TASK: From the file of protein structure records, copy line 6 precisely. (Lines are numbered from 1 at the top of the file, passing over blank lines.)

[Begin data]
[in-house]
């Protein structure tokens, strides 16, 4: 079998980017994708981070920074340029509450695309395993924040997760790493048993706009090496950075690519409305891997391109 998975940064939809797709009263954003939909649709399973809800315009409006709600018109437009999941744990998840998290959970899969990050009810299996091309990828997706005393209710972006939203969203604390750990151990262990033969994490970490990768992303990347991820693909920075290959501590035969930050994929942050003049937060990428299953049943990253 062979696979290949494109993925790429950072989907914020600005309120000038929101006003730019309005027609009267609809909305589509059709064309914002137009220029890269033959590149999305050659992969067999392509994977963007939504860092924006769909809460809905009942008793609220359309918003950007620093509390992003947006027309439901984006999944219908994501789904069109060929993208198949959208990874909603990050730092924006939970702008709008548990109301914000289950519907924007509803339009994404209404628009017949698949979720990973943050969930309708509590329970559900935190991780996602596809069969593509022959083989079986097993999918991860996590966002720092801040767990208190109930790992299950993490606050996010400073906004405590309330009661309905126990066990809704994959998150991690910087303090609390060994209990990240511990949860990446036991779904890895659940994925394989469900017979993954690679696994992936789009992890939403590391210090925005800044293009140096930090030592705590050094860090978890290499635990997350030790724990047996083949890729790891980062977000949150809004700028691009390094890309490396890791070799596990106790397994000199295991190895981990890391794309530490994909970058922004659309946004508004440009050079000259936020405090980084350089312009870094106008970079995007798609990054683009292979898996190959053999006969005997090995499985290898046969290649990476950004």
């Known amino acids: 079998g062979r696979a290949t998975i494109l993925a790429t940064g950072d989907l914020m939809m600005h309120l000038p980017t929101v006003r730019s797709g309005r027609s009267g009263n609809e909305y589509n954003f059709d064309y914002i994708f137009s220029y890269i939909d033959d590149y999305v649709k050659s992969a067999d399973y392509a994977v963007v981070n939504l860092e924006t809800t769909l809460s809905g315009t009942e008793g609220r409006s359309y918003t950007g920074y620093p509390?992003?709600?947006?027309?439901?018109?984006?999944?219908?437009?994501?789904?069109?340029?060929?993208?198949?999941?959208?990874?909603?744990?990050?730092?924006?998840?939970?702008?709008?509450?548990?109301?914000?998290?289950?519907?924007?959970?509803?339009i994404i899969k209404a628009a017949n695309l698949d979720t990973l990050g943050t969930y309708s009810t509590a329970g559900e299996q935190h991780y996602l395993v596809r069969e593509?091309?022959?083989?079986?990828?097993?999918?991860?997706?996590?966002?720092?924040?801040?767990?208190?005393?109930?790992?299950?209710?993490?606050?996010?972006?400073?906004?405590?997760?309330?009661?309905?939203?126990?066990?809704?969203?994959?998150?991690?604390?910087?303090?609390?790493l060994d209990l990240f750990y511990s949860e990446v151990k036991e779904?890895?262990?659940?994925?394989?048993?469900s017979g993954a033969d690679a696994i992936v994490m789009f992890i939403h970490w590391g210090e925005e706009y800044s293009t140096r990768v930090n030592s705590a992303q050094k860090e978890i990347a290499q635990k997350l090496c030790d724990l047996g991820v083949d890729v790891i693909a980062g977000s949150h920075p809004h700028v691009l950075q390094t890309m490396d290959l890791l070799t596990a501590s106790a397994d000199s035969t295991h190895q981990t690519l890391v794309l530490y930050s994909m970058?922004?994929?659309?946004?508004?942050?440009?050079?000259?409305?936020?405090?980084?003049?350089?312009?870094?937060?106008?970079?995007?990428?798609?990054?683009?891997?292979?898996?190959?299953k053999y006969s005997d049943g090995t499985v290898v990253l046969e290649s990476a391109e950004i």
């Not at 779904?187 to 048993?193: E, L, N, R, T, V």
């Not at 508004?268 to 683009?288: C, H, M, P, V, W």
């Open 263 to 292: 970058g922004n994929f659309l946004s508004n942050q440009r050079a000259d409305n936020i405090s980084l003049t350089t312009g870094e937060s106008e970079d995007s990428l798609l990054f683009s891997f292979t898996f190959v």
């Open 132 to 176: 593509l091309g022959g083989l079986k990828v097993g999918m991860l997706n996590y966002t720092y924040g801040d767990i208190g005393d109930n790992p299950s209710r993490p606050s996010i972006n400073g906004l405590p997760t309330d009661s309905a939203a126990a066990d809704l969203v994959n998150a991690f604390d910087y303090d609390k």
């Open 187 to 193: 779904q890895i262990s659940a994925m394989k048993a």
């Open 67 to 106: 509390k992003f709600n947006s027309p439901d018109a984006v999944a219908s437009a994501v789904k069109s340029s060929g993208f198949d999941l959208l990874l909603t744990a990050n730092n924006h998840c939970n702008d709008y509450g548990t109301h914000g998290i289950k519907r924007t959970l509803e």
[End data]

């Open 263 to 292: 970058g922004n994929f659309l946004s508004n942050q440009r050079a000259d409305n936020i405090s980084l003049t350089t312009g870094e937060s106008e970079d995007s990428l798609l990054f683009s891997f292979t898996f190959v």